I’m assuming you’ve seen the film or at the very least are familiar with the general trajectory of the plot. It doesn’t take a lot to figure it out. There’s a demon, a girl gets possessed, priests perform an exorcism, a few folks die. There’s vulgarity and profanity and pea soup vomit everywhere. It’s a good time.

If you haven’t seen it, take a few minutes to think about where you went wrong. Really reflect on it. I’ll wait.

The novel contains all the same narrative stuff as the film. The characters are all there, doing their thing. There’s the same Stephen King-esque focus on the grossification of the familiar. Much of it is brilliant, it’s true. The narrative walks the line between mystery/thriller/horror, and it illustrates why the supernatural is such a potent rhetorical tool. It comes off as what I can only call intelligently pro-Christianity. It’s not a preachy novel, and there’s a great deal of room for interpretation in terms of the cosmology Blatty establishes, but at the end, the priests are the good guys, Father Karras’ broken faith is, in the final moment, restored, and there is a cautionary message about the presence of evil in the world.

The story is brilliant in its simplicity and, despite the problems I’ll get into in a minute, it has quite an emotional impact. Really, it comes down to the difference between a good story and a good telling. Blatty’s story is excellent, but it suffers in the telling.

The writing is angsty and dripping with thesaurus-busting metaphors that put me in mind of self-indulgent high school fanfiction. Especially terrible is his dialogue. I don’t know if people in the early 1970s really spoke like Fred from Scooby Doo; but Chris McNeil, the mother of the possessed girl, Regan, sounds like her biggest worry is that Old Mr. Jones has been scaring everybody away from her amusement park.

He also uses the word “surmise” about four times too many.

There’s also a couple of subplots that didn’t make it to the film, including one with the housekeepers Karl and Willy, and their drug-addict daughter–the presence of which serves virtually no purpose, except perhaps to illustrate the saccharine humanity of Lt. Kinderman, the overweight detective. The worst vestigial narrative turn involves Karras’ ongoing struggle to convince himself that Regan is really possessed. This happens in the film, too, but it isn’t centralized in the way it is in the novel. The crappiest part, though, is that Karras ultimately convinces himself that Regan is not possessed, because he believes that her bizarre powers are manifestations of completely normal parapsychological phenomena.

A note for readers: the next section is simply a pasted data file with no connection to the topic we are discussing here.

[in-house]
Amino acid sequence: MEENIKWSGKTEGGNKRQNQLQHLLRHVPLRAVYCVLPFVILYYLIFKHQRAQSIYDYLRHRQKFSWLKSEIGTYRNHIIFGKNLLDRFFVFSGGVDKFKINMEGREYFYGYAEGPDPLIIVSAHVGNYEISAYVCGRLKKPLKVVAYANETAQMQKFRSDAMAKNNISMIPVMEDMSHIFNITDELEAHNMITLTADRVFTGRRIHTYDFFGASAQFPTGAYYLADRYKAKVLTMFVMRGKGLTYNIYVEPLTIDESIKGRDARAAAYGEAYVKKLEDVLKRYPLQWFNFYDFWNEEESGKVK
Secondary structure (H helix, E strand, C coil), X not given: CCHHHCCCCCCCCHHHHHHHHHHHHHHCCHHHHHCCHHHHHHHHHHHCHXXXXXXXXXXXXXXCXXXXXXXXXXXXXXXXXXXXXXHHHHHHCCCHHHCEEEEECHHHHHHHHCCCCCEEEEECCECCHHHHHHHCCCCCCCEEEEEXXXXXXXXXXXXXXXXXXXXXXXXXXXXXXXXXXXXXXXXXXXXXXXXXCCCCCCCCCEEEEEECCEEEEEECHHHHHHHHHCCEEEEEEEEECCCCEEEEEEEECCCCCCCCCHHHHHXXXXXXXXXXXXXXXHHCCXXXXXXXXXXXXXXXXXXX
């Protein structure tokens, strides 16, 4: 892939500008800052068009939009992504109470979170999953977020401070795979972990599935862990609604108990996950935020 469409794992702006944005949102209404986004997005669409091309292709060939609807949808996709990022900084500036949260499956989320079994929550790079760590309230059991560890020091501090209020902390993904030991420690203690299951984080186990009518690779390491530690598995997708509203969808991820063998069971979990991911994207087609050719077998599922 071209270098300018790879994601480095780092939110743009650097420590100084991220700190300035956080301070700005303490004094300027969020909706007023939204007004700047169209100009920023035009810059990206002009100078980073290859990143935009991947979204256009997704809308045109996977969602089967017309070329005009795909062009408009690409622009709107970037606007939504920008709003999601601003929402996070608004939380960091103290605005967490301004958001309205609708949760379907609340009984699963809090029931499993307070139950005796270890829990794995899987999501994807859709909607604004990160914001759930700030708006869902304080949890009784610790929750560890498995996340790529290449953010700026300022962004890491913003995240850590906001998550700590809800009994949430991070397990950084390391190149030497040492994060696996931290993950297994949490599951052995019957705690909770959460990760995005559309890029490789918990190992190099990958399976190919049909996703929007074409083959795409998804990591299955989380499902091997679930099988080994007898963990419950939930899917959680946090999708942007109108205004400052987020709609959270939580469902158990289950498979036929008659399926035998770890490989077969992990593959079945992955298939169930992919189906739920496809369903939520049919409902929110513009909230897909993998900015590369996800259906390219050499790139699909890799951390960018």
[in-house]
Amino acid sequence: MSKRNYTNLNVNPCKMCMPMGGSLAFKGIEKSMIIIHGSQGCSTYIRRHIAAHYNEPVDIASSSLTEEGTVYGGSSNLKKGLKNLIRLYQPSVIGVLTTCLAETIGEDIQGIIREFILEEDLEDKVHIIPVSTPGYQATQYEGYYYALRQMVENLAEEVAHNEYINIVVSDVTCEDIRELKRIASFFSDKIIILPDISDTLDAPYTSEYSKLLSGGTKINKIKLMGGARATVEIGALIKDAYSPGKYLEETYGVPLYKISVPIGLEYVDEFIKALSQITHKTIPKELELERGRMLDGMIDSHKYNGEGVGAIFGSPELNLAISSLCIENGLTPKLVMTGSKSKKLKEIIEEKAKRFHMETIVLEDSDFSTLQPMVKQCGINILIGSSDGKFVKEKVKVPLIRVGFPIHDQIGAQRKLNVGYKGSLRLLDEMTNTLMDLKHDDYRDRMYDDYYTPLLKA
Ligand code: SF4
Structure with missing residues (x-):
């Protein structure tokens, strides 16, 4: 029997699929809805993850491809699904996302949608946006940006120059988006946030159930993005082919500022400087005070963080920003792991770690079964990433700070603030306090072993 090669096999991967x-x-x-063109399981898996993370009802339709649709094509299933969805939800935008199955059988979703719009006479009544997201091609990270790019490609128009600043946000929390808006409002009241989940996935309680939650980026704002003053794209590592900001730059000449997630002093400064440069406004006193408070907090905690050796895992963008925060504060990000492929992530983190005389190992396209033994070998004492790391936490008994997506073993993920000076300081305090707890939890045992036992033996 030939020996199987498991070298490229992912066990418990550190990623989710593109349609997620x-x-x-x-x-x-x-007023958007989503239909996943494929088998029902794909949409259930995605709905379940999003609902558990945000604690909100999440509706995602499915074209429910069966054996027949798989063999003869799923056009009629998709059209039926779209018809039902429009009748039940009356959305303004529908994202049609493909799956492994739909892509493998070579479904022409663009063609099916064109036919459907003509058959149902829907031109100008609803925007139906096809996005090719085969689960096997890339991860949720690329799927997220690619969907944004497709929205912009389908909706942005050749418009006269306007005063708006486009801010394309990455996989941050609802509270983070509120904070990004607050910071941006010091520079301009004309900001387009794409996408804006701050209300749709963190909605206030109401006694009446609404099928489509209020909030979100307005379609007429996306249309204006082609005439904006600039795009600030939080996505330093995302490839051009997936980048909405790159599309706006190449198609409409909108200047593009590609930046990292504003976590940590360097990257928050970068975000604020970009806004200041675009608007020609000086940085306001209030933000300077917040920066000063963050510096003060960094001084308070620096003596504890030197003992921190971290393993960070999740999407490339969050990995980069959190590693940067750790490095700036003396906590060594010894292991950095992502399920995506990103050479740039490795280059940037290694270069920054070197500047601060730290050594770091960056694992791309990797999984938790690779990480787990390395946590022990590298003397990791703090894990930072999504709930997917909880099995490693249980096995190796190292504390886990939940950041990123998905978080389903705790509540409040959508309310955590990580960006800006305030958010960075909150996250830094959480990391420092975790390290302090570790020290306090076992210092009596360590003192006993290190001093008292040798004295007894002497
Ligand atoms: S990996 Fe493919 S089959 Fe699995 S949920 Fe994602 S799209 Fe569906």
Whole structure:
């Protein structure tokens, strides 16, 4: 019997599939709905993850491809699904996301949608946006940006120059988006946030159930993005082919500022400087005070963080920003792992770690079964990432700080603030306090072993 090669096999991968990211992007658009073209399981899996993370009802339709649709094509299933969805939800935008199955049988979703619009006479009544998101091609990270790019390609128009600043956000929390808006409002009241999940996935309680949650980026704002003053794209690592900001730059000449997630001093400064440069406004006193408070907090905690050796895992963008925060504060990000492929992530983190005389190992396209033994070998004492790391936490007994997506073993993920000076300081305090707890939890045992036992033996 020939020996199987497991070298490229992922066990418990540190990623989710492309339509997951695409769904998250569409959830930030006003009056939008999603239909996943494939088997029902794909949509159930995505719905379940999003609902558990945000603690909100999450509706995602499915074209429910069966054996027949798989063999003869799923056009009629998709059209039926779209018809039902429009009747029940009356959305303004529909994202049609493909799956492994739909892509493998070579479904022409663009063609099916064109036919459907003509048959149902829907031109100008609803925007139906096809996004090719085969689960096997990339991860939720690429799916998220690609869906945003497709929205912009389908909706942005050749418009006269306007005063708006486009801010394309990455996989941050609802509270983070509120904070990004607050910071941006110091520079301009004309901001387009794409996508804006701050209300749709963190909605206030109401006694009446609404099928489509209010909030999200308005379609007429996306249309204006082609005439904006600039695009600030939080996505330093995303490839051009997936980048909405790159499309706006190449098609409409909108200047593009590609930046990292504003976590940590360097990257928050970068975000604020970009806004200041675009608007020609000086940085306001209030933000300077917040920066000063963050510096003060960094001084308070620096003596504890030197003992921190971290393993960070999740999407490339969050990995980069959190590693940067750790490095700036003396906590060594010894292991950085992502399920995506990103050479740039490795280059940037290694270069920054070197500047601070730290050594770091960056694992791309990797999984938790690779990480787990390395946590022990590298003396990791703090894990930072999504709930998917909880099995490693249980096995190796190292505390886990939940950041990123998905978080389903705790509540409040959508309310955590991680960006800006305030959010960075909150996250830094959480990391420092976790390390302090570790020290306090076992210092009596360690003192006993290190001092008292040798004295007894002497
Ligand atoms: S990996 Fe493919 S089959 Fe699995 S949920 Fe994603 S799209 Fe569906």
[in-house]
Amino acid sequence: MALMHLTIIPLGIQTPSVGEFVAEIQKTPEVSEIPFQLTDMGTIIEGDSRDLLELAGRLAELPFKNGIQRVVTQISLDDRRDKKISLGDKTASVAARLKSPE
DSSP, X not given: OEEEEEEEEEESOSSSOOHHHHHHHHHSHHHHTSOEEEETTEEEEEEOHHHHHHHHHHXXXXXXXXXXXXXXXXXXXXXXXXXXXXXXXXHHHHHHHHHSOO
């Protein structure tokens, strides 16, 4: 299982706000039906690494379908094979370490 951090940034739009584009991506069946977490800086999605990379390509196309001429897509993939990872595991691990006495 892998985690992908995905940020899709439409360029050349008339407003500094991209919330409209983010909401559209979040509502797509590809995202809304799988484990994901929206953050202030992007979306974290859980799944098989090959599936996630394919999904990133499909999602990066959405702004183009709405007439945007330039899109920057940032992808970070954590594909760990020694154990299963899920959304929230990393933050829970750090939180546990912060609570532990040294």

See those italics there? Those italics are there so you know how goddamned ridiculous this is.

See, Karras decides that he does need to do an exorcism, but not because she’s possessed. Rather, Karras believes the ritual will serve a psychological function, ridding Regan of her disorder or whatever. But he has to build a case for exorcism to present to the Church. Some of this makes it into the film, but I don’t recall a single mention of paranormal phenomena in the movie. Which is a damned good thing. At one stage, Karras, having witnessed Regan reading people’s minds, and seen her bed floating firsthand, concludes that it’s all totally explainable as ESP and therefore is actually an argument against exorcism.

My mother is a psychiatric nurse, and I asked her if parapsychology was sufficiently in in the 1970s to merit this kind of bullshit. Apparently it was, so I guess I can’t blame Blatty for playing to the times. But it’s immensely frustrating that a clearly, blatantly supernatural thing would be dismissed in this way. Imagine if somebody had cancer, and the doctor, after running some tests, concluded that it was not cancer, but was in fact a mass of cells growing out of all proportion and destroying the surrounding tissue, a phenomenon which his particular branch of medicine had recently started calling a flibbityfartlepoo for some stupid reason. 

See where I’m going here? “It’s not a demon, the girl is just an insanely powerful homicidal psychic.” Something doesn’t add up.

I don’t know why that all came out so hostile. I enjoyed the book on a certain level, particularly the surprising humanity and warmth with which Blatty imbues the various heroic male leads (Karras, Merrin, Kinderman). I suppose I just love the film so much that I was let down by what feels to me like a pulpy, grocery store paperback. Like the greats of supernatural horror, Blatty uses horrible evil to paint a paradoxically hopeful picture of the world and the people in it, and in the end you almost feel like you wouldn’t mind living in that world, despite the evil that exists there. Because you learn, as Karras does, that that evil is itself the proof of goodness. I even liked the demon, in a way. When it speaks through Regan, the demon is witty and, in a weird sense, almost amicable. Like, sure, it’s the devil; but it’s the devil as written by C.S. Lewis. He’ll serve you Turkish delight before he devours your soul. You know, civilized. Except for the vomiting and crucifix-masturbating and whatnot. But otherwise, civilized.

But it’s too much. It’s too aware of how grotesque it is, too caught up in its own literary qualities and too inclined to verbose descriptions of scenery and long stretches of awkwardly written interior monologues.

All of this is especially strange when you consider that Blatty himself wrote the screenplay for the film. I know nothing about filmmaking or the processes involved, but it seems to me that he at least recognized how many of these textual flourishes simply wouldn’t make sense in a screen version. And again, thank god he cut what he did. If the film contained the parapsychological stuff I doubt it would have had the same impact.

The Exorcist is worth a read, primarily for the sake of comparison with the infinitely better film. But really, make sure you see the movie first, if you haven’t. The book won’t grab you like the film, which, though equally dated, somehow transcends its era–something the novel just doesn’t quite manage.